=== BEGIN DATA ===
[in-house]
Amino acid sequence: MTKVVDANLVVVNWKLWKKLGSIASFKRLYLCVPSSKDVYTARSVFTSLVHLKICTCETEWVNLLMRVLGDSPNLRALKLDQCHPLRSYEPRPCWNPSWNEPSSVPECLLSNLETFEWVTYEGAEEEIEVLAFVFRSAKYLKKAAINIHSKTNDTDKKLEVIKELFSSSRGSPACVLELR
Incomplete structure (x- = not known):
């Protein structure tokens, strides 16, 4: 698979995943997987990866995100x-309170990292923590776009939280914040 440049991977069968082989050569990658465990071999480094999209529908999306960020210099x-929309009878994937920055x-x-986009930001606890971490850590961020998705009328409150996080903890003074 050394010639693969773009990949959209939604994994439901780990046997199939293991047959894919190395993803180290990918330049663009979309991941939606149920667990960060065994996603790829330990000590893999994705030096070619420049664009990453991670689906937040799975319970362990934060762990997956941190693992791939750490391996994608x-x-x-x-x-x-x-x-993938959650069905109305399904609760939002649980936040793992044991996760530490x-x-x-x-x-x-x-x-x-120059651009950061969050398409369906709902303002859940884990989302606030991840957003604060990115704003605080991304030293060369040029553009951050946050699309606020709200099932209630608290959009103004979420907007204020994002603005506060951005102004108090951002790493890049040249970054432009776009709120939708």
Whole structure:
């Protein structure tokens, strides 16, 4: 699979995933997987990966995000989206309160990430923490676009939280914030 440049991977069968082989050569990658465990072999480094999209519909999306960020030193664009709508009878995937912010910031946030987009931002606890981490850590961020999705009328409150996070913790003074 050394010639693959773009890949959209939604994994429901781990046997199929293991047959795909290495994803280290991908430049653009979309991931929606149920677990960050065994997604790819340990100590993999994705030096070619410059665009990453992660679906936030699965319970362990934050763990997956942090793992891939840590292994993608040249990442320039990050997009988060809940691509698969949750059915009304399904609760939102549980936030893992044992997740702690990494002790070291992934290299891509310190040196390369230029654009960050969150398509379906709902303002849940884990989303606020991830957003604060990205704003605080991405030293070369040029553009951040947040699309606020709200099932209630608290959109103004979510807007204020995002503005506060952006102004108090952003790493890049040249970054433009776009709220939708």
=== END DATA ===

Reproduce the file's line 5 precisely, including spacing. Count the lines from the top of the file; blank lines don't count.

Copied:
Whole structure: